By Ernie Hood
Why, oh why, did you say, “Hit Me!” when you already had 17 in your blackjack hand?
If you’ve ever made a choice under stress that you later regretted (and who among us hasn’t?), you may be able to chalk up that unfortunate decision to the anxiety you experienced during the process.
Results of an experiment with an animal model of anxiety suggest that anxiety disengages a specific set of neurons in the brain’s prefrontal cortex (PFC)—a group of cells specifically associated with choice. Rats given a small dose of an anxiety producing drug were more likely than controls that were given a placebo to be distracted in the experimental setting and less likely to make the appropriate choice to gain a reward.
The study by a group of University of Pittsburgh researchers led by professor of neuroscience and psychiatry Dr. Bita Moghaddam was published in early 2016 in the Journal of Neuroscience. It showed that the anxious rats experienced a phenomenon called hypofrontality, where anxiety disrupted the ability of the critical PFC neurons to engage in flexible decision making, or shifting between behavioral strategies.
“A brain locus of vulnerability for these anxiety-induced mistakes was a group of cells in the PFC that specifically coded for choice. Anxiety weakened the coding power of these neurons,” said Moghaddam.
She noted that the results seen in the rat experiments were relevant to the human experience because human imaging studies have shown that similar hypofrontality, or reduced PFC engagement, is seen in anxious people.
It’s all about the neurons
“I am interested in the neuronal basis of anxiety,” said Moghaddam. “Its relevance to mental health disorders extends well beyond anxiety disorders. Anxiety is a debilitating symptom of many psychiatric disorders, including PTSD, major depression, autism, schizophrenia and addiction. It is, therefore, a serious public health problem.”
She emphasized that the neural effects of anxiety are not the same as those brought on by fear. “Fear is a different construct than anxiety,” she explained. “The imminence of threat associated with fear versus the uncertain probability of potential harm associated with anxiety is unlikely to be associated with identical activation or inactivation of brain systems.”
Previous animal studies of anxiety have mostly focused on response to fear, instead of zeroing in specifically on anxiety itself and where it resides in the function of brain cells.
Of course, the distinction between anxiety and fear has profound implications for both the study and treatment of anxiety, which have heretofore been characterized by a simplistic approach, according to Moghaddam. “We have equated anxiety with fear and have assumed that it over-engages entire brain circuits,” she said. “This study shows that anxiety disengages brain cells in a highly specialized manner.”
In fact, Moghaddam and her co-authors maintain that their findings have considerable implications. “Understanding how anxiety affects PFC encoding of cognitive events is of great clinical and evolutionary significance,” they wrote in the Journal of Neuroscience paper.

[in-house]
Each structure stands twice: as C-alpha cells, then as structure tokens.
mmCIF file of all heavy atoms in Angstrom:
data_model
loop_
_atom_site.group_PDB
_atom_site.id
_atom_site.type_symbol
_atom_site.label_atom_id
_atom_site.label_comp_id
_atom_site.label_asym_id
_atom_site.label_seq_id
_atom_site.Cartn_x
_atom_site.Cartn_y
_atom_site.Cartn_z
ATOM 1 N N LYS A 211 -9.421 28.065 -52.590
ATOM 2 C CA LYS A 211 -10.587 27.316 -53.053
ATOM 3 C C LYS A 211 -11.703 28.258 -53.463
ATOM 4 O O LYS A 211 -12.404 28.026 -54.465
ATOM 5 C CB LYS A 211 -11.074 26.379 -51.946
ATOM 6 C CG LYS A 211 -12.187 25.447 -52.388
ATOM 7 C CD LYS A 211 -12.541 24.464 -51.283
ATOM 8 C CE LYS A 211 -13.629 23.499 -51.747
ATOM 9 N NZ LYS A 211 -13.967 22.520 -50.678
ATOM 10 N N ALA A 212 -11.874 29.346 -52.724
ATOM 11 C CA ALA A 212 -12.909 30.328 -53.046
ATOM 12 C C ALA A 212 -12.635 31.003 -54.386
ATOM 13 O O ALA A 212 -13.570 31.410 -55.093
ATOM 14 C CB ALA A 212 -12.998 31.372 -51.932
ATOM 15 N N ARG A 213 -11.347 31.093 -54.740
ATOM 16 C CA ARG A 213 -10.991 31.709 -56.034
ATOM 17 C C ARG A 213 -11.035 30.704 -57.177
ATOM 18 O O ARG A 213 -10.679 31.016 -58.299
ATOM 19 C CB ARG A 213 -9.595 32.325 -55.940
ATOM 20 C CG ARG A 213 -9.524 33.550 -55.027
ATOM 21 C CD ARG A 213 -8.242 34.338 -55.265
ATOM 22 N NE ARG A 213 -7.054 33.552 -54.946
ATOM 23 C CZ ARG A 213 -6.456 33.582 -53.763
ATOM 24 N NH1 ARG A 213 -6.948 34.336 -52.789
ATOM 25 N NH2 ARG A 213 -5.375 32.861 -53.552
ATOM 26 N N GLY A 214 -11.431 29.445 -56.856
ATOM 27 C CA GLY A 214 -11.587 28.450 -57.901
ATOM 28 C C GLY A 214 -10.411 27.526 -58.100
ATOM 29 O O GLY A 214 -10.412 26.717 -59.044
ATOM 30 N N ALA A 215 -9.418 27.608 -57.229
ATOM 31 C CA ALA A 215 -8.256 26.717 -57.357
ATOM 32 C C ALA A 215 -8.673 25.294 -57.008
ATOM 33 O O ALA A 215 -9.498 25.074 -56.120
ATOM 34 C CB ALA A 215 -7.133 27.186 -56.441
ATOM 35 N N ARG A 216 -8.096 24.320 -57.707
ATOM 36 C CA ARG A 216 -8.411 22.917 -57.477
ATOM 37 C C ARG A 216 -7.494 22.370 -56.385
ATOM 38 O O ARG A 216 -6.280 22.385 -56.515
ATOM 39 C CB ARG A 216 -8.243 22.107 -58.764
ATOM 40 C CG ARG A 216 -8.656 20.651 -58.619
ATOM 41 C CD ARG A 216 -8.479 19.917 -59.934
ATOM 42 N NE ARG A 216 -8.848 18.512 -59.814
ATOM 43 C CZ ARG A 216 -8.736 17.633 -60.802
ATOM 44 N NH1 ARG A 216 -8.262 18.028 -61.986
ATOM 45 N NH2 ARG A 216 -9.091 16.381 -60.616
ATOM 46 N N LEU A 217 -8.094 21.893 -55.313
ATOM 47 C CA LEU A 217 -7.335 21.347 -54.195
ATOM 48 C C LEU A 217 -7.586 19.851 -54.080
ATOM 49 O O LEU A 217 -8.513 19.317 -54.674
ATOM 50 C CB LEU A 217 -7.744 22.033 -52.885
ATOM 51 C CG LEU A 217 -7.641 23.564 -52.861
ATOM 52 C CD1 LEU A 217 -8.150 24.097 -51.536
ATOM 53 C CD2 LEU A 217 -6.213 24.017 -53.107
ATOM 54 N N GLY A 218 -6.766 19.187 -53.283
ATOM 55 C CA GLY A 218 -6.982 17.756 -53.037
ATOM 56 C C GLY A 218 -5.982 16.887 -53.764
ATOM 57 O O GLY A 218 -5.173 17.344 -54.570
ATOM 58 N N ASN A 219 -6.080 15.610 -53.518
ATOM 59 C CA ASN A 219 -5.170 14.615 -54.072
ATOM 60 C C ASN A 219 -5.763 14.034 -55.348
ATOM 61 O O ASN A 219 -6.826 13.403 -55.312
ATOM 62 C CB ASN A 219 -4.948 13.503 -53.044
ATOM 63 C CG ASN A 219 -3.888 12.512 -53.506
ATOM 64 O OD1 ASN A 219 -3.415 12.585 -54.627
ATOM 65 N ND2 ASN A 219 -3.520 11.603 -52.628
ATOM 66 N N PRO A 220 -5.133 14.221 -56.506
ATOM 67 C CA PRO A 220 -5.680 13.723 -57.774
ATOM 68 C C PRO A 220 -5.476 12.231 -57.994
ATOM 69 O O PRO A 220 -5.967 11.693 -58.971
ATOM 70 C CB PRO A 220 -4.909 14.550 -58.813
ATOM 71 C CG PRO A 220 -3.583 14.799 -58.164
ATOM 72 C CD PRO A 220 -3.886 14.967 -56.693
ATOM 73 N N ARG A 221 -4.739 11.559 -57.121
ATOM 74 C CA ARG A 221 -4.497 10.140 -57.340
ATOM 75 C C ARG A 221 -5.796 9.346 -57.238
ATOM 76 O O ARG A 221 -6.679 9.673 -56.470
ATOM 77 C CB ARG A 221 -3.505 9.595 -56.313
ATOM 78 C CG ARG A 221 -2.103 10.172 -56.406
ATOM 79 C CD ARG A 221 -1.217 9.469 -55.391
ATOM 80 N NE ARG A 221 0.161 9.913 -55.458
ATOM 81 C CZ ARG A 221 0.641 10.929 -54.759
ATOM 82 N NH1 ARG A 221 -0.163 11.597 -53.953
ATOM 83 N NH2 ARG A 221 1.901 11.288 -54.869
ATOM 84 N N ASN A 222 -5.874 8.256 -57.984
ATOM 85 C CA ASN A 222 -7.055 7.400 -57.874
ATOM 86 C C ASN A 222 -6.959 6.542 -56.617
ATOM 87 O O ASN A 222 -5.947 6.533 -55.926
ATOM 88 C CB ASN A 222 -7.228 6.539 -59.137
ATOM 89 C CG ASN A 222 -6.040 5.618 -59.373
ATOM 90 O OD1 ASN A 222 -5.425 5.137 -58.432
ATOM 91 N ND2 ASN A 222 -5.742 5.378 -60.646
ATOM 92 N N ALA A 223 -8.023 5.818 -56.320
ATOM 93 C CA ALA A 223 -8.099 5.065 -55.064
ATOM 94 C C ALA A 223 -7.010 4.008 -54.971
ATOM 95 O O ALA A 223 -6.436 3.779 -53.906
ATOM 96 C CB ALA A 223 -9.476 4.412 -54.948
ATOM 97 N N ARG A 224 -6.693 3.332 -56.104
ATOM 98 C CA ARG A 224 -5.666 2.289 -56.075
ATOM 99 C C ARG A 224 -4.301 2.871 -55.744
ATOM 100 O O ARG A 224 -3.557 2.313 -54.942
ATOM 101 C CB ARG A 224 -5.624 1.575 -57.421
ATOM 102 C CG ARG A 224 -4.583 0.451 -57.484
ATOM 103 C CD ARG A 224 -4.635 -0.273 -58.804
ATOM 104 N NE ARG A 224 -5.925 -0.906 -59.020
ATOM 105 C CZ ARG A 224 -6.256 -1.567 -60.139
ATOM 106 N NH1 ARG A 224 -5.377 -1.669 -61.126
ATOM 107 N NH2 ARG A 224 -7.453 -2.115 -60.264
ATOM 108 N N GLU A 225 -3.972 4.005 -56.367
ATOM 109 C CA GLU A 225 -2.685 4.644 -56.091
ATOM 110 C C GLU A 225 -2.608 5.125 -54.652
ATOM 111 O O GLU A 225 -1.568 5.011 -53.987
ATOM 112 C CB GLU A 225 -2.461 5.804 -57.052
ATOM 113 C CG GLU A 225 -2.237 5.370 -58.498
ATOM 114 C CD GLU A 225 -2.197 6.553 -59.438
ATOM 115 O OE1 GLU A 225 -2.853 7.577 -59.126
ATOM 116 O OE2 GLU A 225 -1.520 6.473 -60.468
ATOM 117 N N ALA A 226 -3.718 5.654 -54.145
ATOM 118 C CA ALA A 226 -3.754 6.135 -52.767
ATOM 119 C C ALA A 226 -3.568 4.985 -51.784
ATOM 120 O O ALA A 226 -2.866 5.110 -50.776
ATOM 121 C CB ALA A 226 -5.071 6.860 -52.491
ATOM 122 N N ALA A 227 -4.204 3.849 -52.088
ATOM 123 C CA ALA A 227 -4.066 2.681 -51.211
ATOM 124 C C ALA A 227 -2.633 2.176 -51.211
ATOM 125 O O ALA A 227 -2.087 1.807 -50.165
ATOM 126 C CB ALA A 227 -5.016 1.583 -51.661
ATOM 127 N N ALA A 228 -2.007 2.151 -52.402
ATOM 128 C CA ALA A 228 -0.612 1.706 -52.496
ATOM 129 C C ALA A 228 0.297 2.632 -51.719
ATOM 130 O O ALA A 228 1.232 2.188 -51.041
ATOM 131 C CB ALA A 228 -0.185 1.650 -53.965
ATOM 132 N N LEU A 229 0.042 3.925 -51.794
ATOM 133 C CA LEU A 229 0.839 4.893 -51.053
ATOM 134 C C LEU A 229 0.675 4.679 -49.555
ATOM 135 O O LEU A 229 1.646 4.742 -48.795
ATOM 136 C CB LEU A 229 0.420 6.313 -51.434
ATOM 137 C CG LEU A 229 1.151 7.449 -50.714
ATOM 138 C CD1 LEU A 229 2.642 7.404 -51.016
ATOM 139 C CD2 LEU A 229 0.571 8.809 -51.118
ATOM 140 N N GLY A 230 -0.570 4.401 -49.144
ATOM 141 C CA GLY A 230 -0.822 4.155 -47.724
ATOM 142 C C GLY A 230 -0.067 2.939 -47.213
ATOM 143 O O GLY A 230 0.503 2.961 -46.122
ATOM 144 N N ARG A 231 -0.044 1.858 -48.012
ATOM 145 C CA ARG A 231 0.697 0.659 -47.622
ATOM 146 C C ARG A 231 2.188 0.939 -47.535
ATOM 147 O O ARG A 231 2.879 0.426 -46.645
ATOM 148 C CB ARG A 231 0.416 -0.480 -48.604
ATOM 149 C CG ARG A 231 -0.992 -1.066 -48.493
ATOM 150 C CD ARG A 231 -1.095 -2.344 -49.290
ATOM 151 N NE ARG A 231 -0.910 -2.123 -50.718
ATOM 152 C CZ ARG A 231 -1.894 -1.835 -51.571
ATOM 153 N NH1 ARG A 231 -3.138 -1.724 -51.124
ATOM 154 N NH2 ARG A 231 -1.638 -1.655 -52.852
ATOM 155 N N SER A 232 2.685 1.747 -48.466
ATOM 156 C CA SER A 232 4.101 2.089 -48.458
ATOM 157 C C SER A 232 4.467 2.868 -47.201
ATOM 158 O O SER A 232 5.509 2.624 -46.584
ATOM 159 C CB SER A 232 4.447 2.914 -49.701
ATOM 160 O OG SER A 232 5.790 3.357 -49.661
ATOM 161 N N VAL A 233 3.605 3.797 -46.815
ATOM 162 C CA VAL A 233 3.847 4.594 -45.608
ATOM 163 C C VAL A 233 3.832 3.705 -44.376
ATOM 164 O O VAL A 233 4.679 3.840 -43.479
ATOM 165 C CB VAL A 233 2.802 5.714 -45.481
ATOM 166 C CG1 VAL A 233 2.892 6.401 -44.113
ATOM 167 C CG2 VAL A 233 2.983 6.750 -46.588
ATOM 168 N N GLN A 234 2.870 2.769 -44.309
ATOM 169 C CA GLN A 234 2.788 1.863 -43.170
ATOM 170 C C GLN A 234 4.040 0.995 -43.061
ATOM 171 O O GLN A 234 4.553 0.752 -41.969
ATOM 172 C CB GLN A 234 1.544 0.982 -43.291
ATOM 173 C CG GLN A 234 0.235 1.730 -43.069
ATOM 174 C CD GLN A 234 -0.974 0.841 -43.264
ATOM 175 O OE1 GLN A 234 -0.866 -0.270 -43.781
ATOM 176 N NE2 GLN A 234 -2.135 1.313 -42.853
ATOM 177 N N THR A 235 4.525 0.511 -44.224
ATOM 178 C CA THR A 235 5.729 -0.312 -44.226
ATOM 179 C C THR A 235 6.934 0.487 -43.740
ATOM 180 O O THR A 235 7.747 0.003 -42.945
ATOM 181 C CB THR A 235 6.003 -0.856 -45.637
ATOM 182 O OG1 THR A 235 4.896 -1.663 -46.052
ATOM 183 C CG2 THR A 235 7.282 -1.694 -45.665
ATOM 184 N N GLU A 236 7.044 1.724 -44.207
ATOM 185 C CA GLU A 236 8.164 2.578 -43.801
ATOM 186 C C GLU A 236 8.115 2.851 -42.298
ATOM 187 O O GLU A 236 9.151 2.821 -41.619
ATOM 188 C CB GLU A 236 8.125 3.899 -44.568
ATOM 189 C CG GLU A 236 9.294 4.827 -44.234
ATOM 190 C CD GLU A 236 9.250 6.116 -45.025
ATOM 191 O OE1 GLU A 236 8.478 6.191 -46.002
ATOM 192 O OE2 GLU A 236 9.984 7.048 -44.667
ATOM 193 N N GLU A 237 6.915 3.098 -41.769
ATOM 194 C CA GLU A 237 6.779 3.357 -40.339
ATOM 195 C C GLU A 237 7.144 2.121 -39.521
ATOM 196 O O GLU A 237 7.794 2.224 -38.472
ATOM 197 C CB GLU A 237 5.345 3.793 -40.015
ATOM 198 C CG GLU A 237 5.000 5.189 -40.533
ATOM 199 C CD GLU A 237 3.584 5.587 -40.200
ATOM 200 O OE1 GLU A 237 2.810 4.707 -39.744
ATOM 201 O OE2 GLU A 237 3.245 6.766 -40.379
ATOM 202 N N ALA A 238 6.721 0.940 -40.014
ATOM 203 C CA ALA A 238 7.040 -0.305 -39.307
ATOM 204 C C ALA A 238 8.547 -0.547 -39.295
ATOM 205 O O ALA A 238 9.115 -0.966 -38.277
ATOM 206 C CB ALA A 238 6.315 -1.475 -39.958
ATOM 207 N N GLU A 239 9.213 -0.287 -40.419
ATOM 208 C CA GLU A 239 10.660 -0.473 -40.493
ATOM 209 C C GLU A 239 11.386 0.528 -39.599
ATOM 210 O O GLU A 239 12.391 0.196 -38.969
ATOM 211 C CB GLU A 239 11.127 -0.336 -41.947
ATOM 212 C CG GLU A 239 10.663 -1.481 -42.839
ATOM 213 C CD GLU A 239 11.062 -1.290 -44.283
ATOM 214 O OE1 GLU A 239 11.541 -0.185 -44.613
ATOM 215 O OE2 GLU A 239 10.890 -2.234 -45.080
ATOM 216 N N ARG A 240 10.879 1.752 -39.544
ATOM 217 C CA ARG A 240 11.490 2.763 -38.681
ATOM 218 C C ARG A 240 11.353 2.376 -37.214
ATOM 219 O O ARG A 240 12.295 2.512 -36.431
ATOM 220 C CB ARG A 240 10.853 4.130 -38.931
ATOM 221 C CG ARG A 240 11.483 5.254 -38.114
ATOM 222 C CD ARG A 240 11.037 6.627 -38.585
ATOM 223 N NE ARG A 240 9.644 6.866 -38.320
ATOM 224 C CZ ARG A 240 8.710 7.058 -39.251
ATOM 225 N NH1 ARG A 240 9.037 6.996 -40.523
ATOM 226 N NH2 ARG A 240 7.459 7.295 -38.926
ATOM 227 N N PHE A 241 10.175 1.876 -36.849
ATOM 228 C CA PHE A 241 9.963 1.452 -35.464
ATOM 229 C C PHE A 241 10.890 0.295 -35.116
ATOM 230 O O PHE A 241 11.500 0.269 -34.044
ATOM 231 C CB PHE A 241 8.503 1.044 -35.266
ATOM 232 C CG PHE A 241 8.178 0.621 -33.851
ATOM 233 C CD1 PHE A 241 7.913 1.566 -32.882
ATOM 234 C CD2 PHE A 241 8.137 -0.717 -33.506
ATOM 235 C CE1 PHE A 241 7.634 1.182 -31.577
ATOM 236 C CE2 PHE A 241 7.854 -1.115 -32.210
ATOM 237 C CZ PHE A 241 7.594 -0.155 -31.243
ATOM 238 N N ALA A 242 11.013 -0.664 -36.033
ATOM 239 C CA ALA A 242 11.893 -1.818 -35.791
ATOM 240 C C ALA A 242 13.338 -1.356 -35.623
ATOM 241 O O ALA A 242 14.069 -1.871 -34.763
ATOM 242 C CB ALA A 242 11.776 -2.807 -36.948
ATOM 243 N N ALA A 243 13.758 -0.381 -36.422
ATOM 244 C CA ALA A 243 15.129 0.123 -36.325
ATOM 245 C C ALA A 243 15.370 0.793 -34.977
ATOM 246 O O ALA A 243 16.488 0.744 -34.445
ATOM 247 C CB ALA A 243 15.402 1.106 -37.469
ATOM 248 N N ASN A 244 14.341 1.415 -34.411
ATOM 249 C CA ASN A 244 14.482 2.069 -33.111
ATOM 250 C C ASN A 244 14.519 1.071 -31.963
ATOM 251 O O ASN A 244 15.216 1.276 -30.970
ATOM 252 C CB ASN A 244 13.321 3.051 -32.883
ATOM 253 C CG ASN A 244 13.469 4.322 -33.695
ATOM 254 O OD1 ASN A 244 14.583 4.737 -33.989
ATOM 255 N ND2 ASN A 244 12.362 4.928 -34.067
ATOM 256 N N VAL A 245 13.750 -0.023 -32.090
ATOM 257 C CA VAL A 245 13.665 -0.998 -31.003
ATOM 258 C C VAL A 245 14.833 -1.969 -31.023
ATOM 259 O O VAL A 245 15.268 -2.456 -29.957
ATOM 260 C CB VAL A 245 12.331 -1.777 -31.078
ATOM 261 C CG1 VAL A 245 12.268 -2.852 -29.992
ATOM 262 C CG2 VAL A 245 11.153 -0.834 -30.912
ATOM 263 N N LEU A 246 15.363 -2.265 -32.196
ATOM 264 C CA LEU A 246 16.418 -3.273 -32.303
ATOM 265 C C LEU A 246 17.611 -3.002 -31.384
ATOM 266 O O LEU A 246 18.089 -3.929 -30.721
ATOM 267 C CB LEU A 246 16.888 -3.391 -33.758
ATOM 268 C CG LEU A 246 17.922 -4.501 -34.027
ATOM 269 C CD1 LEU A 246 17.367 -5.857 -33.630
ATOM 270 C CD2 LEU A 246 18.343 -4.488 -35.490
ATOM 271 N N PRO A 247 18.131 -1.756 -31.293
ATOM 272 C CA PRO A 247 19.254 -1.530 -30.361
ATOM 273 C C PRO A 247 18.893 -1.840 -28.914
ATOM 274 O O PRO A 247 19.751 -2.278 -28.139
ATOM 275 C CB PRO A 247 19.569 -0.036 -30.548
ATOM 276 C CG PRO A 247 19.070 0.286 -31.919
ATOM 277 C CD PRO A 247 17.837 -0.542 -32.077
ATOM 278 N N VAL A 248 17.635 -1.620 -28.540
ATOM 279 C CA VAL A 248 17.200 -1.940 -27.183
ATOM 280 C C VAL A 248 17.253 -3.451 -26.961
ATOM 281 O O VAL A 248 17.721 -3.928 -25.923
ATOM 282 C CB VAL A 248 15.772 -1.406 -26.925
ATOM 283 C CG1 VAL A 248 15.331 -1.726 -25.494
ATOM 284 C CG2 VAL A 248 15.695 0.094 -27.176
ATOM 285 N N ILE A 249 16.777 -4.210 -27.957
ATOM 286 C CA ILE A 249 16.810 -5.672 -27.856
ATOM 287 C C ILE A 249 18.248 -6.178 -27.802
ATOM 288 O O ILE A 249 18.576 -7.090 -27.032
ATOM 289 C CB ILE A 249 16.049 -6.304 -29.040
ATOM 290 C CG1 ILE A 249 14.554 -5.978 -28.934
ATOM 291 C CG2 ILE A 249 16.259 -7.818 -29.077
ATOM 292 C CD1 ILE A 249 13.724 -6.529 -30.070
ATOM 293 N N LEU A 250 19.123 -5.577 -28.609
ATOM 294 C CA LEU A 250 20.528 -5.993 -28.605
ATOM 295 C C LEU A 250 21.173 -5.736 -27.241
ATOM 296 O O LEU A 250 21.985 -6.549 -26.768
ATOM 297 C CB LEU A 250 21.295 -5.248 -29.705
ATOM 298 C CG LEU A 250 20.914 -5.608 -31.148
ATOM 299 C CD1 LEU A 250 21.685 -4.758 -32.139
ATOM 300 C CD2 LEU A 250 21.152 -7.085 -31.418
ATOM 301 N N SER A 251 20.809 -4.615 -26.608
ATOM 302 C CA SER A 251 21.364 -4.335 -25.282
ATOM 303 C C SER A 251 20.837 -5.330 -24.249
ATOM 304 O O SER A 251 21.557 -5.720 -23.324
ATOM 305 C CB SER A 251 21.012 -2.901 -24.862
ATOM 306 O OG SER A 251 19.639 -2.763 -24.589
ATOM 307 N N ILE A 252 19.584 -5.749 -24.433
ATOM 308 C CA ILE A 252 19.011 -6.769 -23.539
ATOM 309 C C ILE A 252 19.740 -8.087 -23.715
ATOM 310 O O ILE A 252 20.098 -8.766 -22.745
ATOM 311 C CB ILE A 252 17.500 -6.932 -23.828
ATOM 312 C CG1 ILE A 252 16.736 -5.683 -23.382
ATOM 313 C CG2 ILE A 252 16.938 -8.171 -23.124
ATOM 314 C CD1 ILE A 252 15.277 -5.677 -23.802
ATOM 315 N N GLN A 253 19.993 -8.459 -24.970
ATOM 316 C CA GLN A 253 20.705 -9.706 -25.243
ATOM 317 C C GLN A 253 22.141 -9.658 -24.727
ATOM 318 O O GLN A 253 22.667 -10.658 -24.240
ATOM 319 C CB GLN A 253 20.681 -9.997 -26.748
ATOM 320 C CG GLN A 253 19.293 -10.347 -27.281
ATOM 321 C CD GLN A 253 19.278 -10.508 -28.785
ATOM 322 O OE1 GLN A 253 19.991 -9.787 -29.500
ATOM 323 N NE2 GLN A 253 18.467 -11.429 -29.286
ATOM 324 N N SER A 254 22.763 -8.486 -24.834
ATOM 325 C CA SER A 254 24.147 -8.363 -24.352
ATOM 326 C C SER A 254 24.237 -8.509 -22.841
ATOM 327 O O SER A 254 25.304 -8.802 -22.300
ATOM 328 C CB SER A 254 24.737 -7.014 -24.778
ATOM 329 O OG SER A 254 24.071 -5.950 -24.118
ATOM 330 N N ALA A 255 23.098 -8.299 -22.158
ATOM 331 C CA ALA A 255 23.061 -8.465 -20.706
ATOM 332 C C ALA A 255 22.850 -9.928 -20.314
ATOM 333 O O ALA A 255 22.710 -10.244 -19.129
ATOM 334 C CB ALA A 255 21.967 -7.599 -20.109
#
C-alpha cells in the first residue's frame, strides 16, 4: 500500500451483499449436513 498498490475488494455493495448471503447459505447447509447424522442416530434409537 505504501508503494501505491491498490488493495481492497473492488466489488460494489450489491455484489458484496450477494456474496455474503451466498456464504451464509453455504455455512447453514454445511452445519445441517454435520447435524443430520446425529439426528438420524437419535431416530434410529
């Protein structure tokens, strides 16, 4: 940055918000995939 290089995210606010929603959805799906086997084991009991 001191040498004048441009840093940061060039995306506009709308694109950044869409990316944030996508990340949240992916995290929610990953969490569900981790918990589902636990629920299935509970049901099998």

Moghaddam noted that the study’s findings, along with her group’s ongoing research program, could represent an important step toward improving treatment. “This can potentially help with improving cognitive behavioral therapy approaches,” she said. “Also, mechanistic models can provide long-term help with development and testing of novel treatments.”
Ongoing research on neurons and psychiatric disorders
Moghaddam and her laboratory colleagues are continuing to pursue this line of research, by recording PFC signals from multiple regions and by using other models of anxiety.
In addition to anxiety, they study the neuronal mechanisms that have been implicated in symptoms of schizophrenia, ADHD, and addictive disorders. Her group’s work has led to fundamentally new thinking about the pathophysiology of schizophrenia, and has identified novel pharmacological approaches for treatment of that devastating brain disease.
One of their new directions is working to characterize the development of neuronal systems during adolescence. With the onset of symptoms for most psychiatric disorders coming during adolescence, understanding what goes wrong in that developmental window is critical for defining the neuronal basis of the disease process and designing strategies to prevent the onset of symptoms.
My neurons made me do it
So the next time you get flustered and do something dumb, you can conveniently blame it on your pesky, misbehaving neurons. Tell your friends and family who look upon your foolish actions with amazement that you’re suffering from hypofrontality, and maybe they’ll cut you some slack.
Better yet, take a deep breath and stop to consider your actions. If your hand is a “hard 17,” that is, 17 without an ace, you should definitely stand pat. If it’s a “soft 17,” with an ace serving as an 11 or a 1, then your properly functioning prefrontal cortex would probably lead you to choose to go for it and take one or more cards. Either way, a non-anxious PFC is your friend—good luck!